Eggplant shoot and fruit borer
Scientific name: Leucinodes orbonalis
Prefers eggplant but will also feed on tomato and potato
Asia and Africa
Wilted shoots are the initial feeding damage. The damaged stem and fruit have small holes where the larva enters and tunnels to continue its feeding activities. The tunnel contains frass and other waste materials and around this area is where it continues to feed.
The eggs are flattened, ovate, creamy-white, and are 0.5 mm in diameter. They are laid singly on the plant's foliage either at the lower surface of the young leaves, on stems, flower buds, or at the base of the fruit. The
eggs hatch in about 3-6 days.
The larva is light-brown to brownish-pink in color. Immediately after hatching, it looks for food on any tender parts of the plant's foliage. As it matures, it bores into the fruit to continue its feeding activities. A full grown larva is about 1.8 -2.3 cm long. It undergoes 4-6 instars. The larval period lasts from 12-22 days, depending upon the climatic conditions.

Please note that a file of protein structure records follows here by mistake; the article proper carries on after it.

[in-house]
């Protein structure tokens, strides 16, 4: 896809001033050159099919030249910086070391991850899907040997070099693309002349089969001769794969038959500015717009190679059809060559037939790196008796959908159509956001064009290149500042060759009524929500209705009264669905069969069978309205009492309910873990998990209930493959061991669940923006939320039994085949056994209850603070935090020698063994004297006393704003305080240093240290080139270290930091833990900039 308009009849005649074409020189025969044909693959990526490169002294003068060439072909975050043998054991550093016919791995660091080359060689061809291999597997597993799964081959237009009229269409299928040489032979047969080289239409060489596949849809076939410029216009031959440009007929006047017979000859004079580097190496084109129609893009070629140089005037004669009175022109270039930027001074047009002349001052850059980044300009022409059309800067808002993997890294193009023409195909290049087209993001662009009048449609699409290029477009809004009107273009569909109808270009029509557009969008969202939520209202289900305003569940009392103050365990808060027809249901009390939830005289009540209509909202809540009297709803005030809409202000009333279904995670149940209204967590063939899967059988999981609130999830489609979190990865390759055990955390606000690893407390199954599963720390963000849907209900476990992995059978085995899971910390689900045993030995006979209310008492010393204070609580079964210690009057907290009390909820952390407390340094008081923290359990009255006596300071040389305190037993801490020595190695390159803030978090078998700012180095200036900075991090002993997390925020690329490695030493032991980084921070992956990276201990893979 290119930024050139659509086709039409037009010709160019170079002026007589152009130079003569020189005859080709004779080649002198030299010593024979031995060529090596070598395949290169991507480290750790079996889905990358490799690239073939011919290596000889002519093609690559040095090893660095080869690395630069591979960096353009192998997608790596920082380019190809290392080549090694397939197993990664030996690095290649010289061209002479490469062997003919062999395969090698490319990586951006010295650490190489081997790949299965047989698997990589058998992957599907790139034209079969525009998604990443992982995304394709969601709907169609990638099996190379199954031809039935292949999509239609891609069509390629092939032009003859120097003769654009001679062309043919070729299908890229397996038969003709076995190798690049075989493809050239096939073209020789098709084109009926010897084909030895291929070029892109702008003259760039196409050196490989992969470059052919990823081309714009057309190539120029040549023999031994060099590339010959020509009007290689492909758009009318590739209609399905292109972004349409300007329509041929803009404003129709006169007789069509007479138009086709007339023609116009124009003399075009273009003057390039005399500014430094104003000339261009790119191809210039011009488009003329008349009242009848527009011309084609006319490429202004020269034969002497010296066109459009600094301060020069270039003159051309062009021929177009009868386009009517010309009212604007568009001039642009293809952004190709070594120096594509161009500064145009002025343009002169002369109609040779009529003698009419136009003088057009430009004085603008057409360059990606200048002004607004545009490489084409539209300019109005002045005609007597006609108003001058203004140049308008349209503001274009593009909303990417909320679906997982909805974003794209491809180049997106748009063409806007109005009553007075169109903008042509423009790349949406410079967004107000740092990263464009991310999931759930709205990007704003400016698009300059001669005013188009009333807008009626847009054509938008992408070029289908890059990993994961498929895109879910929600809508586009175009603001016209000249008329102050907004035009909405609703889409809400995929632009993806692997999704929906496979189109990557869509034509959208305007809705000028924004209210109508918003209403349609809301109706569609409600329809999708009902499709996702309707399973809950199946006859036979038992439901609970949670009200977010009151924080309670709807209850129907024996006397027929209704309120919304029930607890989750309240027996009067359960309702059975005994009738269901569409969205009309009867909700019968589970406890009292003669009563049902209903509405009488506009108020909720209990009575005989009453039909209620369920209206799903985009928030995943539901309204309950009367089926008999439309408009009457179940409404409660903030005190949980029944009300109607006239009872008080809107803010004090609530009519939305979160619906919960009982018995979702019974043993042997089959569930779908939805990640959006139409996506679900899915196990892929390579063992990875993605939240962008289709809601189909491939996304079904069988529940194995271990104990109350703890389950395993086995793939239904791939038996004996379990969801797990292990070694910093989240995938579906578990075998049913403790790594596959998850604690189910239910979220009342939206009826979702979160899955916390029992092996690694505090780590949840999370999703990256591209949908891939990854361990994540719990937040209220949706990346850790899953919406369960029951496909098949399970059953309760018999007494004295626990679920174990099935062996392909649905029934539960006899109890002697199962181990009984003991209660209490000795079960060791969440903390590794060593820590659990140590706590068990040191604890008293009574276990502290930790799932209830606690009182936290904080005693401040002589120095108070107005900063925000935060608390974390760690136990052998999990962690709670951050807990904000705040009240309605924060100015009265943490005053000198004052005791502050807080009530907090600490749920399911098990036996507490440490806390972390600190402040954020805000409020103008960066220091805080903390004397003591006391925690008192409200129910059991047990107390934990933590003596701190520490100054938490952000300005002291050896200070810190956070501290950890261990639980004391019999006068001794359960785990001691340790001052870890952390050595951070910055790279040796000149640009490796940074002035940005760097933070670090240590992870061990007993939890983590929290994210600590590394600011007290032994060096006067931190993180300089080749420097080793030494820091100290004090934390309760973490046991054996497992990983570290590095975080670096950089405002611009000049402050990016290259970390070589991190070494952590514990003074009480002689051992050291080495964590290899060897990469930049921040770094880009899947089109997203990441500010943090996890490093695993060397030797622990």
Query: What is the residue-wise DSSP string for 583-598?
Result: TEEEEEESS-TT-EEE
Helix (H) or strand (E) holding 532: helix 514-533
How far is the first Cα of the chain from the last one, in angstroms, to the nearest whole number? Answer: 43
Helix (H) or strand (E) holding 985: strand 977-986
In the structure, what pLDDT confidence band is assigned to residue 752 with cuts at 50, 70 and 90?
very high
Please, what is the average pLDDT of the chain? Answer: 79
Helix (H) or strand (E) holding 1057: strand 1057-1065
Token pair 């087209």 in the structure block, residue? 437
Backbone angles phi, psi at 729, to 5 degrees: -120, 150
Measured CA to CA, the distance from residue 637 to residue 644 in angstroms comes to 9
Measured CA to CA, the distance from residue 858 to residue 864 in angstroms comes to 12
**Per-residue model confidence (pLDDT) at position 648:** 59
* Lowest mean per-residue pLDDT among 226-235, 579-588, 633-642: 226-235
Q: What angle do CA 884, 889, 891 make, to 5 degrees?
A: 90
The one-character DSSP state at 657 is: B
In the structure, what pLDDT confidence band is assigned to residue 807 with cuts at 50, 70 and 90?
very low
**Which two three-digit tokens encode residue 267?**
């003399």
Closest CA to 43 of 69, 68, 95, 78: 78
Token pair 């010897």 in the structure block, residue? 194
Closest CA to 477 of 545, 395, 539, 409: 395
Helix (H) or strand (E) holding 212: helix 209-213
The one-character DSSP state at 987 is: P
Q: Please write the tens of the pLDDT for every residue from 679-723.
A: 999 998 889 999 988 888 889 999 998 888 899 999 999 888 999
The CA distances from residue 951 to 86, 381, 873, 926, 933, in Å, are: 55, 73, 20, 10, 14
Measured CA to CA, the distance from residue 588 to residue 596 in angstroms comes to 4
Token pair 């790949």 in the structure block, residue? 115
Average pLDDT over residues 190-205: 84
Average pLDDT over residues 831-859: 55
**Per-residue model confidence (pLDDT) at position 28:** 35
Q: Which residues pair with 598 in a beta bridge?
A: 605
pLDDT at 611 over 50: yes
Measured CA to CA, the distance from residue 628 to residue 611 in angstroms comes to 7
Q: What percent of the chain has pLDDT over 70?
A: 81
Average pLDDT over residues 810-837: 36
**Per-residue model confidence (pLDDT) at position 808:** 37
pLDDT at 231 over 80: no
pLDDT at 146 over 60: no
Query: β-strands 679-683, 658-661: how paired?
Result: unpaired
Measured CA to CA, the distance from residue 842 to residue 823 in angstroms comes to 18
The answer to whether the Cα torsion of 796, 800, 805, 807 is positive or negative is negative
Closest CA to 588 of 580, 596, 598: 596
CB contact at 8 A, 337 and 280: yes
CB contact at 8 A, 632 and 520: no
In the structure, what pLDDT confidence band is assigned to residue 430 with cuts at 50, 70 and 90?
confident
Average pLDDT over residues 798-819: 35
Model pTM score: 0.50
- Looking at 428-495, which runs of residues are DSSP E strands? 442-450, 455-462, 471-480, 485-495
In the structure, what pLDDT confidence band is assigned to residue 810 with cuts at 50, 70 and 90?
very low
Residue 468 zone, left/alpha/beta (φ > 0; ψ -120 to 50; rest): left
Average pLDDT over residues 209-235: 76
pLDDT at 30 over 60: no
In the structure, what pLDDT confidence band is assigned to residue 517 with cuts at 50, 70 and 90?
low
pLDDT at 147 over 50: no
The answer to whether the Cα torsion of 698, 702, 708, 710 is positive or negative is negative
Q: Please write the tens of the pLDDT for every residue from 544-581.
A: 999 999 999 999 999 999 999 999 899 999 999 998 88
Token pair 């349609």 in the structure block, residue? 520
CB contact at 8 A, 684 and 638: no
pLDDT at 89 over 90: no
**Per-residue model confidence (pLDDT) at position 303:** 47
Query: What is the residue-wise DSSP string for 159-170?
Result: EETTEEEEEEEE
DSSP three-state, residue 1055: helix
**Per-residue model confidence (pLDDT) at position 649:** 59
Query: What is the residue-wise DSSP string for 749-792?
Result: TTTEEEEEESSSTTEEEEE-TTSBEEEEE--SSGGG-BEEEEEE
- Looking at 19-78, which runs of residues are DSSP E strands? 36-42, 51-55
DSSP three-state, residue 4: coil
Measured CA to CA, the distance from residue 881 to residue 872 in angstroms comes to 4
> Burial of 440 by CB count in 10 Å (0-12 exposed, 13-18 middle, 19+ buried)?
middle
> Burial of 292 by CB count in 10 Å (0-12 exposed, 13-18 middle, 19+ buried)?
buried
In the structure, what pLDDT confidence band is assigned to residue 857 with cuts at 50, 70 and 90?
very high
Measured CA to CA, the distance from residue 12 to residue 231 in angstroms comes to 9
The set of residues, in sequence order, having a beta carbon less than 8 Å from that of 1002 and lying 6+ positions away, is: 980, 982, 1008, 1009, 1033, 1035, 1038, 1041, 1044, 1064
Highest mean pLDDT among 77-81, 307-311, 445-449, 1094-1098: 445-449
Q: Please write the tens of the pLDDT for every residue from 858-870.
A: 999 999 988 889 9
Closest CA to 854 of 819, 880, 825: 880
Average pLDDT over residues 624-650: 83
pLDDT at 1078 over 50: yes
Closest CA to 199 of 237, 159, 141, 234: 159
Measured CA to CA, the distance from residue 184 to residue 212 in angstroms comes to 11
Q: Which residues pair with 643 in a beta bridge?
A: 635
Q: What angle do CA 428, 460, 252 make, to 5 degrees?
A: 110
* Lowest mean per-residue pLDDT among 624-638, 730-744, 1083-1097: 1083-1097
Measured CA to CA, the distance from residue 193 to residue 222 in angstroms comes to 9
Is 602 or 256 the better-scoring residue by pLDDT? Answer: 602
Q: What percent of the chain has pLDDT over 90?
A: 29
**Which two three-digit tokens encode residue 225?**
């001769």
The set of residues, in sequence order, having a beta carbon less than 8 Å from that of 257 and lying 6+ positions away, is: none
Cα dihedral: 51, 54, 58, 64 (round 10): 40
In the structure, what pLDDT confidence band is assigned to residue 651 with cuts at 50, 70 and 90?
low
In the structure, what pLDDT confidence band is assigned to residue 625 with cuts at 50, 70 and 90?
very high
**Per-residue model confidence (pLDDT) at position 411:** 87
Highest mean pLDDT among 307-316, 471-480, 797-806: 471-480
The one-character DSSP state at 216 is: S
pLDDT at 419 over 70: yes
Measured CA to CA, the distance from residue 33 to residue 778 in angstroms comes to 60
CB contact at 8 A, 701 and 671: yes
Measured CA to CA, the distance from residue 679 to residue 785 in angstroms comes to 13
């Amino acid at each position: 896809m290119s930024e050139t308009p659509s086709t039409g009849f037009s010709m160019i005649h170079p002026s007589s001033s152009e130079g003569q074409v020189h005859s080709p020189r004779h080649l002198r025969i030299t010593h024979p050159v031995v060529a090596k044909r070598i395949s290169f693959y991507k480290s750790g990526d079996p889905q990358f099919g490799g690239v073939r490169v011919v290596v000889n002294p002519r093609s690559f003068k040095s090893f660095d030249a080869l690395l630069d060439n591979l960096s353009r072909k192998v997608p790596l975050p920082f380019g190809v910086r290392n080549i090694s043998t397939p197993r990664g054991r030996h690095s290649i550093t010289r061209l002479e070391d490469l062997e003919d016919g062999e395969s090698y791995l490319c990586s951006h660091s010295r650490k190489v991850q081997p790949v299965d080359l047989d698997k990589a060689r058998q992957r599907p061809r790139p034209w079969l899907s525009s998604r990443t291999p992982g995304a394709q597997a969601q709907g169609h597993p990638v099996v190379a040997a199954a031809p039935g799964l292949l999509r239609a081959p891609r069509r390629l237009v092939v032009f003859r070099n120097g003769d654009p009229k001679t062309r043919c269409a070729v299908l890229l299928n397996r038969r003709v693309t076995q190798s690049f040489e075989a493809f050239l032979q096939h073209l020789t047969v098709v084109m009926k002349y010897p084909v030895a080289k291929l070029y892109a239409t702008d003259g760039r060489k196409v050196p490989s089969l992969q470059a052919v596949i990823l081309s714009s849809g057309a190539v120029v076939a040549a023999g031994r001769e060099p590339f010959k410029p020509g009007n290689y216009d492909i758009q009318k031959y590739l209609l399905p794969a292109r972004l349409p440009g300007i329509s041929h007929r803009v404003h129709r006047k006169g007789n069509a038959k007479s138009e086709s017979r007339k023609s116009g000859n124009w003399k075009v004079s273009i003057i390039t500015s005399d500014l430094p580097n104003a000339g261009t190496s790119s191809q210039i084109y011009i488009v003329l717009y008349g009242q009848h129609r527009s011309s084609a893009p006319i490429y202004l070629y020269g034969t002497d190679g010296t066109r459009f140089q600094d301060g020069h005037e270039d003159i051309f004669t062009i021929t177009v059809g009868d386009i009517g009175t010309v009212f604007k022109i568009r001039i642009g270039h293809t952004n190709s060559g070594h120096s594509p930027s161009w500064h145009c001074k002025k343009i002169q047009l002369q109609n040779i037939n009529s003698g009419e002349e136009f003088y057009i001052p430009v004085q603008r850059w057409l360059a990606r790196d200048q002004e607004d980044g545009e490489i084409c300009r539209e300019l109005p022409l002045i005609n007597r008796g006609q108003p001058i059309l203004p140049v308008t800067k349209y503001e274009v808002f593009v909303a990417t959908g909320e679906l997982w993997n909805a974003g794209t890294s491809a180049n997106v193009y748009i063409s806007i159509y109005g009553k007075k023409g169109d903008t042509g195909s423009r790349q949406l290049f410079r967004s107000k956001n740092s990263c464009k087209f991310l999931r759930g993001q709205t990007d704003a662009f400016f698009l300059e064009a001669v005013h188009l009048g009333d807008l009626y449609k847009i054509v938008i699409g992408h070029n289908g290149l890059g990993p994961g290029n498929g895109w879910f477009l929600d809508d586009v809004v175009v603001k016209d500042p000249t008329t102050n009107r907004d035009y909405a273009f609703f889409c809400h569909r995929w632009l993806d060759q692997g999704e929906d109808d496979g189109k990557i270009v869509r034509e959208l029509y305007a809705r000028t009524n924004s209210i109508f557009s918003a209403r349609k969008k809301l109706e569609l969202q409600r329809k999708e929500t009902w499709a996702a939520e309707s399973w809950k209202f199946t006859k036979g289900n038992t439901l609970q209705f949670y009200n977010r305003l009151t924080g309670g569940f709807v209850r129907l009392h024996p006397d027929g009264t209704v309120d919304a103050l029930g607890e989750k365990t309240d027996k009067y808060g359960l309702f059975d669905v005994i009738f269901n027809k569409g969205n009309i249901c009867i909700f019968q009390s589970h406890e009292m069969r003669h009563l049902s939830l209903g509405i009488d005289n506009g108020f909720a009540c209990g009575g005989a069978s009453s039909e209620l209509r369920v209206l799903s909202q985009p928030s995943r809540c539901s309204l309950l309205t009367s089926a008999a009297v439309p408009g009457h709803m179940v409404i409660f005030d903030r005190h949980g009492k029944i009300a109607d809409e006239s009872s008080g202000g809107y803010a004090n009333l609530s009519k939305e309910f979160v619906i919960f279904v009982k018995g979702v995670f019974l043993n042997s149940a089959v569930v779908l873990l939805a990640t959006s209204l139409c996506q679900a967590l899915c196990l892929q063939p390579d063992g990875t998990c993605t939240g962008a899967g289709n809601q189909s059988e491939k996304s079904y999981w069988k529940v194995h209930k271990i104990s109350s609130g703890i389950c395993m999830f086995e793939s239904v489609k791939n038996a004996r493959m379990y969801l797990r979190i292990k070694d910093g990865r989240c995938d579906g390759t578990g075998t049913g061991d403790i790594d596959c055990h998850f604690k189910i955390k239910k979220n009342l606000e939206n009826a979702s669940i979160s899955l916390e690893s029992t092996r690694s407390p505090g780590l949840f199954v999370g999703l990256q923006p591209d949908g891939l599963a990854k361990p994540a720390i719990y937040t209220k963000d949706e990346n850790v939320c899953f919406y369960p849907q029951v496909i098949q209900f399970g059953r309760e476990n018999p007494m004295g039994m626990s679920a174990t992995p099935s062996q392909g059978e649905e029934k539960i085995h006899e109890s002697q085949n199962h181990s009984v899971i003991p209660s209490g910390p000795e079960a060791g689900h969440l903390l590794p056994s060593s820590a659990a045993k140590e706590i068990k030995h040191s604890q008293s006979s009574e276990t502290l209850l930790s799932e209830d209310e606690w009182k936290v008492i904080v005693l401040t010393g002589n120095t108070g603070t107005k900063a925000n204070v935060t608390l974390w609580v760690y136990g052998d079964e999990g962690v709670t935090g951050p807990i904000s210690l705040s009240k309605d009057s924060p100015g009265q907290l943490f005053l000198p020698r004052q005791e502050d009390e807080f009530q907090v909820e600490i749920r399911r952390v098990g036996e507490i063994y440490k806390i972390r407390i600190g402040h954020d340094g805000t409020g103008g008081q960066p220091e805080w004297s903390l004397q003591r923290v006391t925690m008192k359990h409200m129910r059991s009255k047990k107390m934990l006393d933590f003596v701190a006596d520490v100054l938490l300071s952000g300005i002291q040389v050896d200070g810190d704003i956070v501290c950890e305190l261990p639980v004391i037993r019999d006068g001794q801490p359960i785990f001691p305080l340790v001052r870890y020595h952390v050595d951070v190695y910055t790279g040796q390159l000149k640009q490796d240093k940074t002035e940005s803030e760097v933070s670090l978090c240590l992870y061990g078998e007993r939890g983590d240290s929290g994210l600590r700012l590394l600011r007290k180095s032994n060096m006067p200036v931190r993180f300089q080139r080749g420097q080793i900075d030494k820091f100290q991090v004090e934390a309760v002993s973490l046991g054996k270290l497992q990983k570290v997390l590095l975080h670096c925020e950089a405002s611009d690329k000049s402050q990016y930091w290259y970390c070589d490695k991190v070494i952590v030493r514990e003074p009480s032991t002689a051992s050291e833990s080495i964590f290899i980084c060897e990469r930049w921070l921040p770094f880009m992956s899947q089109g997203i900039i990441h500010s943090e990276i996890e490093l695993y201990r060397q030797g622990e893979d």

The pupa is enclosed in a thick silken cocoon found under the soil surface (at a depth of 1-3 cm) or among the plant's debris near the base of the plant. It blends nicely with its environment and is thus difficult to find. The pupal stage lasts from 6-17 days, depending upon the temperature.
The adult is white and has brown or black spots at the back of the thorax and abdomen. Its wings are white with a pinkish or bluish tinge and the forewings have several black, pale, and light-brown spots. It measures 2.0-2.2 cm when its wings are widely spread. Its
lifespan is from 1.5-3.9 days.